I’m pleased I never had a coach like you describe. It don’t like the sound of that at all. I never liked calisthenics that we used to do at school or college. At school I would be down the back (I was tall) and would “pretend” (as much as I could) that I was joining in. At college when we were doing forward rolls and things like that I would wait for the lecturer to turn her back and then “pretend” that I had done it, and of course every swimming day as TOM – that excuse wouldn’t pass these days, but it did then. 🙂
      Best wishes with your writing. I look forward to your return to the blogosphere with good news about your progress. 🙂

      Liked by 3 people

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      1. Sherri

        Hi Norah! Finishing up blogging and just read your wonderful replies. Thank you so much for all you share. I’m so glad that my feedback encourages you, wow, that’s great and you’ve just made my day! You are doing what you are called to do no doubt about it and in that you excel 🙂 Just like those wonderful singers. The ones with the talent I mean 😉 Dear Norah, I will miss our chats very much but I thank you so much for your kind wishes and for your ongoing support and encouragement. We are SMAGGED out and I love it 😀 I’ll remember that when I’m feeling cut off from you all (as I am already feeling a bit but with so much to get done before going away there is no way I could have blogged this week). I look forward very much to catching up with you again soon! Take care and happy writing to us both 🙂 xx

        Liked by 1 person

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        1. Norah Post author

          Thanks Sherri. We are indeed SMAGGERS! If you’re feeling cut off, and you need some support, remember we are only a tap on the keyboard away!
          Wishing you speedy progress and work that pleases you. Happy writing. See you soon. 🙂 xx

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  5. Rosemary Kitchin

    I like previous authors think “where to start”. I only dip into your posts as time allows and I am never dissappointed with the thought provoking content.

    Today’s post leads to lots of discussion…I agree with Bec about the distinction between praise for the achievement vs the person. I think in my interaction with small children as the moment I am in danger of praise for praise sake…I need to be more thoughtful and appropriate to the situation…thanks for the trigger.

    I am not sure I agree with you Norah re the sports coach (though I too found it uncomfortable). I think of the people in my life who have stretched me the most, demanded the most..they were the tough ones. But underneath it was a belief that I could do it…not for them but for me. In some ways the coach was proving to the player that he could do it. I believe it was to bring our his leadership abilities and for the good of the team overall. Norah, I bet there are many times in your life where you have really pushed yourself (and been pleased with the result!)?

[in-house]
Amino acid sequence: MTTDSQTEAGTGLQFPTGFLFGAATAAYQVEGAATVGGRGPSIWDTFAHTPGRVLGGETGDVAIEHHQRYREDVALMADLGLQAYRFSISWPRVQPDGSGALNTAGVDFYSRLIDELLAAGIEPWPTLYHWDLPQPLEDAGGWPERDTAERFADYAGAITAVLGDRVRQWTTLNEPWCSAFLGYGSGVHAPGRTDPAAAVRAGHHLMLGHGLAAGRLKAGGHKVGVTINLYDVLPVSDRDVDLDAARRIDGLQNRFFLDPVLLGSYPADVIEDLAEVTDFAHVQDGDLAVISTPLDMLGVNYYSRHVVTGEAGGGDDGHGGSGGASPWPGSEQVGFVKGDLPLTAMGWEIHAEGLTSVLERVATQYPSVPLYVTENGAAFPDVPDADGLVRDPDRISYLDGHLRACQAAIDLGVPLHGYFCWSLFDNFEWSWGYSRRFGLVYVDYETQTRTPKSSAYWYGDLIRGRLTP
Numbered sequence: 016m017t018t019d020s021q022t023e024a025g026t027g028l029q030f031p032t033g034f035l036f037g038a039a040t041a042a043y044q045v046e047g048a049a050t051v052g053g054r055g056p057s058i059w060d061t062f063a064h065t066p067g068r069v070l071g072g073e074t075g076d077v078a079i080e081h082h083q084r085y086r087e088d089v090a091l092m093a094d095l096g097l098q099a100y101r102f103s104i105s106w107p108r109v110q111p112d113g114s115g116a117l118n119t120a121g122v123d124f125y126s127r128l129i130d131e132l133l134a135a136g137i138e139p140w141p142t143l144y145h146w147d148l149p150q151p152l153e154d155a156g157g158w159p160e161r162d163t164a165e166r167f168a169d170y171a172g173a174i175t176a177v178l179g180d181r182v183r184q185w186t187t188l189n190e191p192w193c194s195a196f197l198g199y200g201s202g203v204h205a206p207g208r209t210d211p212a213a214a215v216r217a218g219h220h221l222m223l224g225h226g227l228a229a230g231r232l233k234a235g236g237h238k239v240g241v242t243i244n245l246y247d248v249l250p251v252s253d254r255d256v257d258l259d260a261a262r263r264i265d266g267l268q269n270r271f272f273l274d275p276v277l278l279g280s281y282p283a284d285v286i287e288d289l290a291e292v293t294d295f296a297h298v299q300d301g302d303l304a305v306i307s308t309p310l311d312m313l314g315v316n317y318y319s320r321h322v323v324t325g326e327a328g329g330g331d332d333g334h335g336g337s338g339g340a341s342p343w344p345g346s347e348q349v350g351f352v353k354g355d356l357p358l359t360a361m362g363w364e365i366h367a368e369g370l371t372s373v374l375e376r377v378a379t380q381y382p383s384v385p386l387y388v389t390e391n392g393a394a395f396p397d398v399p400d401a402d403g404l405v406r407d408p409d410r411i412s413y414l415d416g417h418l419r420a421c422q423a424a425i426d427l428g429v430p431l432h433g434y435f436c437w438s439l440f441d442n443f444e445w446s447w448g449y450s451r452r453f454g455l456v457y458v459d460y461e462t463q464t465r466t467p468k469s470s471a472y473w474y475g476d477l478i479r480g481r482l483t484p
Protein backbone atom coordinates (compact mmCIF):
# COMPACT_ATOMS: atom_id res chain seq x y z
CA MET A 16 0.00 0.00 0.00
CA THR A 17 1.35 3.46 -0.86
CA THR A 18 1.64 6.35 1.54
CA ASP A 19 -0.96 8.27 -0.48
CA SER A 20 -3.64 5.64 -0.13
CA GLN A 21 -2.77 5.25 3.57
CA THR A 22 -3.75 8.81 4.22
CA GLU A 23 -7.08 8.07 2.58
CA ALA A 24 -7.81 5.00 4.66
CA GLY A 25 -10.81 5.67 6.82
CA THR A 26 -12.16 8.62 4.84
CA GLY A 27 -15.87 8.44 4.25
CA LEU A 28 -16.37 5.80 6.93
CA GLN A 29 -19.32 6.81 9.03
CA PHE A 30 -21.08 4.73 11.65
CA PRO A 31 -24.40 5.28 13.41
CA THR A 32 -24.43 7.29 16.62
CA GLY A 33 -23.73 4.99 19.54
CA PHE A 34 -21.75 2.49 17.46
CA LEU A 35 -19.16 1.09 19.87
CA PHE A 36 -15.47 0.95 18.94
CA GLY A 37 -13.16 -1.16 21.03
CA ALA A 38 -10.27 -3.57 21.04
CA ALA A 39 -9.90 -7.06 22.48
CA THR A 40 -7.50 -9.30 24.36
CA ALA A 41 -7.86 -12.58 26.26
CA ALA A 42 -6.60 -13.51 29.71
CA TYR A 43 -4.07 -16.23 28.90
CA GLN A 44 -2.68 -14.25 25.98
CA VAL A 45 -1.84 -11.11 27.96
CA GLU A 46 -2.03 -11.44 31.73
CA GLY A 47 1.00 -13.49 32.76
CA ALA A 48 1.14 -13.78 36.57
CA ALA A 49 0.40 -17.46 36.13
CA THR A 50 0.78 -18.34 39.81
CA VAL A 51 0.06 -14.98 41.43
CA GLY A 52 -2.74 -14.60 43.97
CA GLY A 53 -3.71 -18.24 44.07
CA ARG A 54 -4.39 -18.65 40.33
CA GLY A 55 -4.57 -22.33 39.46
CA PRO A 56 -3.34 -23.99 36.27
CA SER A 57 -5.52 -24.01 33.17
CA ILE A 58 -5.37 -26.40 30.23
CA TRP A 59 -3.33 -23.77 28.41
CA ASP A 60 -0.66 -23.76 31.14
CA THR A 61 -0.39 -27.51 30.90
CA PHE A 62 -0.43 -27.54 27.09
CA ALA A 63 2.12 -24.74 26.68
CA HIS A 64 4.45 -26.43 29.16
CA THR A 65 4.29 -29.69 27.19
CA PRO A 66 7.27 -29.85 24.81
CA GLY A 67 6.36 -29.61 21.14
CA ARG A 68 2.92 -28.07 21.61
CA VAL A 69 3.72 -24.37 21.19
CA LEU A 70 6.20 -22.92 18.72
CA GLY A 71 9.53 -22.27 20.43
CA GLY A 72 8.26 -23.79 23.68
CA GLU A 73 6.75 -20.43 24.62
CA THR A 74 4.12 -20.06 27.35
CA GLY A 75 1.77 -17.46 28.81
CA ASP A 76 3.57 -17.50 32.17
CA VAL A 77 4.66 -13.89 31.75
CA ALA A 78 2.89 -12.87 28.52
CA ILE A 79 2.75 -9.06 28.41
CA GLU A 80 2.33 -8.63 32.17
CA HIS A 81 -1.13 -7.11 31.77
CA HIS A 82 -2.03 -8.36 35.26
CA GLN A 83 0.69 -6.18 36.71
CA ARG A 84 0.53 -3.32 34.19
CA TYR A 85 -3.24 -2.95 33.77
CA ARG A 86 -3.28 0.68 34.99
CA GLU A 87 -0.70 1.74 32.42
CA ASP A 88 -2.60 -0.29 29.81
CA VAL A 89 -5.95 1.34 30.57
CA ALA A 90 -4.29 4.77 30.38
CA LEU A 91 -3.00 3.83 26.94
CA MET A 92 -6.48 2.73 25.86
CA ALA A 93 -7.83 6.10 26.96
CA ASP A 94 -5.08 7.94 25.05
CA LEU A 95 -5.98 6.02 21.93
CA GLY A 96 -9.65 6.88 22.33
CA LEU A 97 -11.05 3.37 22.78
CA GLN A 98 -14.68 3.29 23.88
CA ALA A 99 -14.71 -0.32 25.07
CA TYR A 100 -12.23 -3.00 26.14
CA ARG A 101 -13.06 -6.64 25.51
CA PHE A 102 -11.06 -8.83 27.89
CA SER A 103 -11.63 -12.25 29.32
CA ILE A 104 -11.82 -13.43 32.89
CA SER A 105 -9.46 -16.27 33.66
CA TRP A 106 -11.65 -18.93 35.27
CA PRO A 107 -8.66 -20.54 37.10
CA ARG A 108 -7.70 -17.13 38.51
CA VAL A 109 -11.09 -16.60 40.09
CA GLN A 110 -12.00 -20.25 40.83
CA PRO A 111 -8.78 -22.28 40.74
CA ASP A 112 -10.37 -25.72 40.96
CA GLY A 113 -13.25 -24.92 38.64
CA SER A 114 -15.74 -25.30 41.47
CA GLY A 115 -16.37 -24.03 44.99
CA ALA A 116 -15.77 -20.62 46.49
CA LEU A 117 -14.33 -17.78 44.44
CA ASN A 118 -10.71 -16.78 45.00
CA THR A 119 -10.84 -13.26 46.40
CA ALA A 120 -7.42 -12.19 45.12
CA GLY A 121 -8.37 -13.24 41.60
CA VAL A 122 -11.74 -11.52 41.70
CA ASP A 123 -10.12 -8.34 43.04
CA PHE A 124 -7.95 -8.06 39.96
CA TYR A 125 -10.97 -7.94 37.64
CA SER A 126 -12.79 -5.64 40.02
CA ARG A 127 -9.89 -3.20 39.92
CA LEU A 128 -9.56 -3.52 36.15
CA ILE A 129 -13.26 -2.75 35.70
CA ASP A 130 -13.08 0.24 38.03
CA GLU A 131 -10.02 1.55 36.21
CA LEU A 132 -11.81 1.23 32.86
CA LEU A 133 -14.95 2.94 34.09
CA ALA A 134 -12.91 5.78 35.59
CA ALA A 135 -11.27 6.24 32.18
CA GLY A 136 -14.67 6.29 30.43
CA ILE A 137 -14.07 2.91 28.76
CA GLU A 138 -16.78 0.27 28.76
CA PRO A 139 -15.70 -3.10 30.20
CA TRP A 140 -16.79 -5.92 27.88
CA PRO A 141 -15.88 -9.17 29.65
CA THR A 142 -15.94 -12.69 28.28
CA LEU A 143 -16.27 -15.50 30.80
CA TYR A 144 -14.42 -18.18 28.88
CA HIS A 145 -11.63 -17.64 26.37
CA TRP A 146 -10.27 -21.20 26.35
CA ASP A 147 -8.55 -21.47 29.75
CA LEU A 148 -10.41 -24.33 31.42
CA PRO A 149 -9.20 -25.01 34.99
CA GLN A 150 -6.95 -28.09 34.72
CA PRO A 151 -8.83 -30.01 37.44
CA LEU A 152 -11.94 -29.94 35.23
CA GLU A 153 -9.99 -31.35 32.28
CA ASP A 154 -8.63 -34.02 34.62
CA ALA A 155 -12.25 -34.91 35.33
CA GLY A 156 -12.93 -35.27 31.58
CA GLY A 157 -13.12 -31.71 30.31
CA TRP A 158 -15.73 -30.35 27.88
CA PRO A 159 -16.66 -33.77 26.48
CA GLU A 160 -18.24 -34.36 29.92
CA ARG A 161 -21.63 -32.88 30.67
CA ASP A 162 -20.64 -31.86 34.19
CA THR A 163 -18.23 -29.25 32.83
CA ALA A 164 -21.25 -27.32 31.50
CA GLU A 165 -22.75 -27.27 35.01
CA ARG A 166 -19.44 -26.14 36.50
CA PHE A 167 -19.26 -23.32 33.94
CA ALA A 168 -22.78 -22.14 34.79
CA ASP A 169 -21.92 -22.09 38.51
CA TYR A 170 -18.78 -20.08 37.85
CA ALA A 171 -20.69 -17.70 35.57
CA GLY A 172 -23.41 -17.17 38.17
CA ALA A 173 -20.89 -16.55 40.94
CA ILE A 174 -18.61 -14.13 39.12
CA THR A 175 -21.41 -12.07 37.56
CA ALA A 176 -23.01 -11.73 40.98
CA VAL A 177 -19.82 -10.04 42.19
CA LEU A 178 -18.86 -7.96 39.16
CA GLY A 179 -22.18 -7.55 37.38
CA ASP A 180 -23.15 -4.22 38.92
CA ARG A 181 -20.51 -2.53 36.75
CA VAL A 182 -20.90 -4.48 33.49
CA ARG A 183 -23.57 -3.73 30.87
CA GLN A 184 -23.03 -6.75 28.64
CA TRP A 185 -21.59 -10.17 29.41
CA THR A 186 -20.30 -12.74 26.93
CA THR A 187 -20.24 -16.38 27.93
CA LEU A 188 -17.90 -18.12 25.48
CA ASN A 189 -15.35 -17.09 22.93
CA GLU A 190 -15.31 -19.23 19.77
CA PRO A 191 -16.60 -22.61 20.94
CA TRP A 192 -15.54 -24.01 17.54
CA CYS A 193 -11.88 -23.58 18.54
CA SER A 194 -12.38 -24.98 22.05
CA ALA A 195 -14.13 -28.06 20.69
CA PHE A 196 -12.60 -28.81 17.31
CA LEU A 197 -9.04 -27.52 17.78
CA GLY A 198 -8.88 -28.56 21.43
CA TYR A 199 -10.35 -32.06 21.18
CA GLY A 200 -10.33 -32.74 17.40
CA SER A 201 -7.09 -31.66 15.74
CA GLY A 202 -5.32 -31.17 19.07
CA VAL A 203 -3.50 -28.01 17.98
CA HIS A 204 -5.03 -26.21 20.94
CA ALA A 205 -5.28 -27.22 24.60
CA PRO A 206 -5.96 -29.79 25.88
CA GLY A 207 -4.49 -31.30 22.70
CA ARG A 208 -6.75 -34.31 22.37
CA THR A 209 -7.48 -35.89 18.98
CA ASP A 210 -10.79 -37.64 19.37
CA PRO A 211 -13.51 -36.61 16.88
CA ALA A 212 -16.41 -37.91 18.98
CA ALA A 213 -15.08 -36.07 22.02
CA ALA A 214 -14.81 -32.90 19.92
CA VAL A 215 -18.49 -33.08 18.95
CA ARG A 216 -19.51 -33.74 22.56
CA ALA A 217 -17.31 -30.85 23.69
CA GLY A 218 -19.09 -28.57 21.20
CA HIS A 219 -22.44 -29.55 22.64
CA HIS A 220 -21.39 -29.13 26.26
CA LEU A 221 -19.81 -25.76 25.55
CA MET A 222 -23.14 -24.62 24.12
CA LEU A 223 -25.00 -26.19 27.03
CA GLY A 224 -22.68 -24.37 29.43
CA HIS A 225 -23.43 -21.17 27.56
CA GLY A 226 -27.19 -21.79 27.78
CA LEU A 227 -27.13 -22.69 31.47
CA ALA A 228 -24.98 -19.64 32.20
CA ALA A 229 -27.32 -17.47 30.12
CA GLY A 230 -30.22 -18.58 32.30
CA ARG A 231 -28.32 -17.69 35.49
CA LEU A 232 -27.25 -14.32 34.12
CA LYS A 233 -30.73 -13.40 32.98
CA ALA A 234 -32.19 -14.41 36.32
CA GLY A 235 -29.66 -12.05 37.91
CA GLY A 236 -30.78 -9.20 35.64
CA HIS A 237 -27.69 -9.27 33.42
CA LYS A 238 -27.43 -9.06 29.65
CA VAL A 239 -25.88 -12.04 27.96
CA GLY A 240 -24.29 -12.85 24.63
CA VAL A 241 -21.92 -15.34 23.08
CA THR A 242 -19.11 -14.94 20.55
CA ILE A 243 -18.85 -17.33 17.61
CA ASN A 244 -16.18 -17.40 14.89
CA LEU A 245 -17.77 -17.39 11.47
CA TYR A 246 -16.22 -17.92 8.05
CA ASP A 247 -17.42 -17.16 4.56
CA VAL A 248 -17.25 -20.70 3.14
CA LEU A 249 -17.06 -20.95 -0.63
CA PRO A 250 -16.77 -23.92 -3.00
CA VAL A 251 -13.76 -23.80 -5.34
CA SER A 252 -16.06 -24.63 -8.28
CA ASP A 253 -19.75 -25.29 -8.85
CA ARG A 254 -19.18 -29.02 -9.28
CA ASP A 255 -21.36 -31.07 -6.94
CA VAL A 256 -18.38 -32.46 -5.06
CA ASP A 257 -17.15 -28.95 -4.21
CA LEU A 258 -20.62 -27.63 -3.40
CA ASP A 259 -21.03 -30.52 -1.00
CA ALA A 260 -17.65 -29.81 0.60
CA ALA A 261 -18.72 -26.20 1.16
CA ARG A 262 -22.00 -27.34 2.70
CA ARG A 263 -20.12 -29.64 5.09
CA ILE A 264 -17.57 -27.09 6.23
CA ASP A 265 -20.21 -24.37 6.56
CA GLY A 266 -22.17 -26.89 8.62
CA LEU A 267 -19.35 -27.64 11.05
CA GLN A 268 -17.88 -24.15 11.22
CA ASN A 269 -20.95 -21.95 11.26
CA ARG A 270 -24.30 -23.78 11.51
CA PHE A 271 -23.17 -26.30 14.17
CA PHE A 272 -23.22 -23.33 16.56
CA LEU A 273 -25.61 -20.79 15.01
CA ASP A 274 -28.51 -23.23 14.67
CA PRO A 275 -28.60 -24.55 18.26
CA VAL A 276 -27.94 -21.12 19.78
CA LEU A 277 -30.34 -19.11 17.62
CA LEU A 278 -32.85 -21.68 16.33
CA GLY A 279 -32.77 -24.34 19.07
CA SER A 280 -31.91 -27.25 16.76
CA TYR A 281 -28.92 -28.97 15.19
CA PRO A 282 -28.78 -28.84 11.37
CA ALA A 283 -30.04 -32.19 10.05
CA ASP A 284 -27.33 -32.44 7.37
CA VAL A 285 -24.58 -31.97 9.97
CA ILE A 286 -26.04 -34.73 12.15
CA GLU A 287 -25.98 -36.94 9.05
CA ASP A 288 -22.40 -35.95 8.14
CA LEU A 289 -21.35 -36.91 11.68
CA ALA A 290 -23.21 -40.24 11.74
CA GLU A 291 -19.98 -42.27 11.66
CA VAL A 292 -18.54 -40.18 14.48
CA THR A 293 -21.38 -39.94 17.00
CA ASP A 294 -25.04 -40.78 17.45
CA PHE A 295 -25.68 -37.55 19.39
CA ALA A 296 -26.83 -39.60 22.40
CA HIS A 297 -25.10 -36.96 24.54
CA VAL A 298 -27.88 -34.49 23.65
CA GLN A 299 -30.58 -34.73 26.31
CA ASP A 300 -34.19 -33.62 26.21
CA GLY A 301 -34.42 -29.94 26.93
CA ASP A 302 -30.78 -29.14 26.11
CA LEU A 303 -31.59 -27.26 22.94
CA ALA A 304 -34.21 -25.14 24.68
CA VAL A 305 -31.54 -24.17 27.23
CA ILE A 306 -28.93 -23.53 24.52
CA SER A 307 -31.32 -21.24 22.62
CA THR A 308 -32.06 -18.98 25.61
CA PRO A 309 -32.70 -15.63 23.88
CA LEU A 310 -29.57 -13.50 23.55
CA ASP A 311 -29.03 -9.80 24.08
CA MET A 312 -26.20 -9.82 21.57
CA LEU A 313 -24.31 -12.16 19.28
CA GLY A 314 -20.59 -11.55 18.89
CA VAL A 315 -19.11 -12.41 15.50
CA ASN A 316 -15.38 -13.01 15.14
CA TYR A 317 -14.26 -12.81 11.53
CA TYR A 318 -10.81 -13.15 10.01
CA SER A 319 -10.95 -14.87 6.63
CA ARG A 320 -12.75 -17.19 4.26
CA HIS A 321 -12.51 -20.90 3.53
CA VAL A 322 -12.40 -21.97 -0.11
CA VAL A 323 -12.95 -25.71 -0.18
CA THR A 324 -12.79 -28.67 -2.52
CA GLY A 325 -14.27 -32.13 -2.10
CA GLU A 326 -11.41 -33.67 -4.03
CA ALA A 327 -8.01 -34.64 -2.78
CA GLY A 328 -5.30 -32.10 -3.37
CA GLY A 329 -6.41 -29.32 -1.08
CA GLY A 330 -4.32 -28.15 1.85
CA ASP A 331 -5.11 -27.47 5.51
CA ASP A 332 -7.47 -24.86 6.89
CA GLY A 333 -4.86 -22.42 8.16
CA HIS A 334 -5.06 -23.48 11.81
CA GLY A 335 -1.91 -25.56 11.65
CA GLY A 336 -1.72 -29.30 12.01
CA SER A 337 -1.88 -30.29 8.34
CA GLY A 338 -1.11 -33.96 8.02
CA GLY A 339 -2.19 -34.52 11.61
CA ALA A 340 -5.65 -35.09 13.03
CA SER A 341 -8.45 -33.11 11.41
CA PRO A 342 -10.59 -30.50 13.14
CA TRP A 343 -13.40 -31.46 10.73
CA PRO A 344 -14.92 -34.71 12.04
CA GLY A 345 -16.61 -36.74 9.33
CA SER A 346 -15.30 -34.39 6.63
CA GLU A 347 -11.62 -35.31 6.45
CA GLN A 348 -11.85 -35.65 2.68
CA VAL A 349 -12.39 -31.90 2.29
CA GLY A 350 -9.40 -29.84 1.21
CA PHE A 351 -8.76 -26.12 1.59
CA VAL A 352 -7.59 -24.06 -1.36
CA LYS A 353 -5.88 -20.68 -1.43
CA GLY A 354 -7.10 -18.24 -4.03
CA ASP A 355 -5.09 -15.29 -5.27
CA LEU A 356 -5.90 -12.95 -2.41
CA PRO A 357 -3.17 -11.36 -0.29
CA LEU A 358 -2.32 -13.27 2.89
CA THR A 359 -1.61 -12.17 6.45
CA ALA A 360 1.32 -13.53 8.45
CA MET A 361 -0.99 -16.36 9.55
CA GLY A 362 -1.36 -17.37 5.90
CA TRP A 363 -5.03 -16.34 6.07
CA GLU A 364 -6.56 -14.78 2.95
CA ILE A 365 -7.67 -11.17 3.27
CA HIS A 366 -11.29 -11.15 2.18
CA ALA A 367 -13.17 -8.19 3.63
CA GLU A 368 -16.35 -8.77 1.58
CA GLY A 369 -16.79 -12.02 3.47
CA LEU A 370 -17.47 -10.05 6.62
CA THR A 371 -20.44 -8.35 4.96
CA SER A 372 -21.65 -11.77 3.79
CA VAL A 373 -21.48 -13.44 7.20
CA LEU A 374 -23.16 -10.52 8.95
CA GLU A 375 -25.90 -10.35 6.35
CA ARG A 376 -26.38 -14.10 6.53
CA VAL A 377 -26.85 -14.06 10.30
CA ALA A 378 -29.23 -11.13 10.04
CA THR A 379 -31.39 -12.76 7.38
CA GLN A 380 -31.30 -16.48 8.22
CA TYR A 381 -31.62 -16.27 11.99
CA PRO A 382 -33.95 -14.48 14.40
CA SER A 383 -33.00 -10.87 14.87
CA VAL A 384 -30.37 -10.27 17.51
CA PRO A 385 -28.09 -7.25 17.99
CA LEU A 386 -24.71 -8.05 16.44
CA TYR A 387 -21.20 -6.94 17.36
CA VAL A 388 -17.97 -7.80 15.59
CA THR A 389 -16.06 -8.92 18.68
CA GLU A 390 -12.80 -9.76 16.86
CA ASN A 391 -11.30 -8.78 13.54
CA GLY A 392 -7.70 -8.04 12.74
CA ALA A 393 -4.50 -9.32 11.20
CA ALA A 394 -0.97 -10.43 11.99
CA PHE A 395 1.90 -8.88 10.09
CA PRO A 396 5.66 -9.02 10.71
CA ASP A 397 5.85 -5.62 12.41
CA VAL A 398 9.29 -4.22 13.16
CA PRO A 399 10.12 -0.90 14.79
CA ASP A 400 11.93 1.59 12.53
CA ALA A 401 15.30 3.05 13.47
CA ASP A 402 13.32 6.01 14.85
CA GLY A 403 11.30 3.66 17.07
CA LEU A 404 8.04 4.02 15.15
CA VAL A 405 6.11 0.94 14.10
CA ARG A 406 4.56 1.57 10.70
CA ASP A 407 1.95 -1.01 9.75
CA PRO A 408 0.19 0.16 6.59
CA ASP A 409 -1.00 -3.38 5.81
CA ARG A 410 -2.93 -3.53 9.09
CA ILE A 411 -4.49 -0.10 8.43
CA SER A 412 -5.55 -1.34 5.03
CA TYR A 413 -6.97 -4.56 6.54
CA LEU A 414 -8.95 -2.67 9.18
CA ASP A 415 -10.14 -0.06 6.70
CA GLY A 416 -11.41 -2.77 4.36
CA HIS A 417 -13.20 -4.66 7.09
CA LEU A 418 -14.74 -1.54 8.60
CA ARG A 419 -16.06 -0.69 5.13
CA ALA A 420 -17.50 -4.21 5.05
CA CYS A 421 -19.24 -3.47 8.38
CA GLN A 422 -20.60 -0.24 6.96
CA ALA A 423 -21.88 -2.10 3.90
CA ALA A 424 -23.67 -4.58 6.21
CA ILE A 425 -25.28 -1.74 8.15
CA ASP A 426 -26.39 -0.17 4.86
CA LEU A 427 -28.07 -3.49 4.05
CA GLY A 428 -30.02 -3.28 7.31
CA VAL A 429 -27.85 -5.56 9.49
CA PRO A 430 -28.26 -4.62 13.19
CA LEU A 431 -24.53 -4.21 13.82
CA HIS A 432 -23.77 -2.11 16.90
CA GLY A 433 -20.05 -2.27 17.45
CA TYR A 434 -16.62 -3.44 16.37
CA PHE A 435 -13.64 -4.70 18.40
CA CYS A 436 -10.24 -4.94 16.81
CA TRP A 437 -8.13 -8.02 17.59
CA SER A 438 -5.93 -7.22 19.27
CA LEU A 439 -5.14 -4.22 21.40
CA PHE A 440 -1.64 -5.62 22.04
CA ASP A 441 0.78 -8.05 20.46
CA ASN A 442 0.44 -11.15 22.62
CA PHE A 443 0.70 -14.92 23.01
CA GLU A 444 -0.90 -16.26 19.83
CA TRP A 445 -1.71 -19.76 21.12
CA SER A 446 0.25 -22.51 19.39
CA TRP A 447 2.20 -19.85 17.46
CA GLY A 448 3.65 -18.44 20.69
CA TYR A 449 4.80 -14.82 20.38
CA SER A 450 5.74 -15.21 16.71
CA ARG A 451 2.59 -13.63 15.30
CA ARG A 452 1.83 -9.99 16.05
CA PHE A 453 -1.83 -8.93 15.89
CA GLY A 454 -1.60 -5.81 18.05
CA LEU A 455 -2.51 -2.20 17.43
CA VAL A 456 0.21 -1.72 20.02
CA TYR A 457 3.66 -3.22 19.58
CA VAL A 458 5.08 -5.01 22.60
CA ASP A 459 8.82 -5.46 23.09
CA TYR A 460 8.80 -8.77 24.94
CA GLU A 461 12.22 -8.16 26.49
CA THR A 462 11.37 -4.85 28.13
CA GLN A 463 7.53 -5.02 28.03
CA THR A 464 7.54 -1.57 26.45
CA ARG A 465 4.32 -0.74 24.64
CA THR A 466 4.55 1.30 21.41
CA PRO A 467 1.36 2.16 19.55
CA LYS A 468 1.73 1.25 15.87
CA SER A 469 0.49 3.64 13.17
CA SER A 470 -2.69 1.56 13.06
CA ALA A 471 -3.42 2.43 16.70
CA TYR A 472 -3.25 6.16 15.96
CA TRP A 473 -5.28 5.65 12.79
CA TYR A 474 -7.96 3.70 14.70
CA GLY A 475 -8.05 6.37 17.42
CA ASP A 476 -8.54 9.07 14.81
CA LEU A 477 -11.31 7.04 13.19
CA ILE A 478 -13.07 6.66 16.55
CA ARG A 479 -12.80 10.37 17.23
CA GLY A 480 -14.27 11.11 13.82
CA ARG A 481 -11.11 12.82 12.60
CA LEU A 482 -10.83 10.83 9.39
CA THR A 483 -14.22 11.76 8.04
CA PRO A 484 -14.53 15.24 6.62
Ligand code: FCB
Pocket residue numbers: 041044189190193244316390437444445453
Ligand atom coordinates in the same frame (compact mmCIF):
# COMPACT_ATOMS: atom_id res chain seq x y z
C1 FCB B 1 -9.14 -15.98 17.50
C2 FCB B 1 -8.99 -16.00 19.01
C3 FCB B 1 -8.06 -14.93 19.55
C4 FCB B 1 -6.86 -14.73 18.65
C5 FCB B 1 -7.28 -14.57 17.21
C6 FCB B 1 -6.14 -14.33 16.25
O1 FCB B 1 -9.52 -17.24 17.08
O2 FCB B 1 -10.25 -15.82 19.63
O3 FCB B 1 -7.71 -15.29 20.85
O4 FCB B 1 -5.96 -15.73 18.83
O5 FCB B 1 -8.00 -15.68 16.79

I need to learn more about the growth mindset…thanks for being this to my attention! Bless you

    Liked by 2 people

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    1. Norah Post author

      Thank you for reading and adding your voice to the conversation this time, Rosemary. I’m sure the timely reminder re praising for achievement will be implemented well!
      Thanks for your insights re the video and the coach. Sacha also disagreed with me on that one. I’m happy to accept some disagreement. It encourages me to stretch my thinking and consider alternatives. I’m pleased you were extended by tough “coaches” who saw your potential and believed in your ability.
      As for times in my life when I’ve pushed myself – I’ll have to think about that. But I think you have caught what it is for me in that statement: when I pushed myself. I think when others have attempted to push me I have probably shut down and turned off. I’m not sure though. I’ll have to think a bit more about it. So thanks for the challenge. (Are you pushing me?)

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  6. Sacha Black

    Oooooooh Norah, this ones a corker of a post. Where do I even start?

    Firstly, this quote: “That was too easy. Sorry for wasting your time. Let’s find something more challenging so you can learn.”

    Made me instantly cross. I do think that children need praise, and I don’t think you can praise a child too much – as long as the praise is worthy. I don’t think a child deserves praise if they haven’t tried. But if they have tried, no matter their test mark, they deserve the credit for what they have done.

    Now, the video. I have to say I disagree with you. Don’t think that’s ever happened before?! Sports, like you say, is a certain mindset. I have, as has my wife, played a lot of sports. Pushing yourself in sports, is very definitely mind over matter. It does burn, it hurts like hell, but YOU CAN do it if you tell yourself you can. I actually have been known to scream like that at myself! I am known for it – my poor running budding has to put up with it! She jokes that she worries the other runners trotting passed us think she’s murdering me! I’m not quite sure of the link of physical exertion to screaming and ‘beasting’ oneself. But that is the phrase I use when I work out. I do a training programme called insanity, I have been known to push so hard I throw up, I have made myself cry, not been able to walk for days for the agony and muscle aches, and I tell you what. I LOVE EVERY SECOND OF IT. The endorphins coursing through your body is a high I can only imagine is something akin to taking drugs!! Look at the famous sports people, tennis players grunt every time they hit the ball. It’s not for everyone mind, but certainly most of the personal trainers and sports people I know adopt a similar mentality.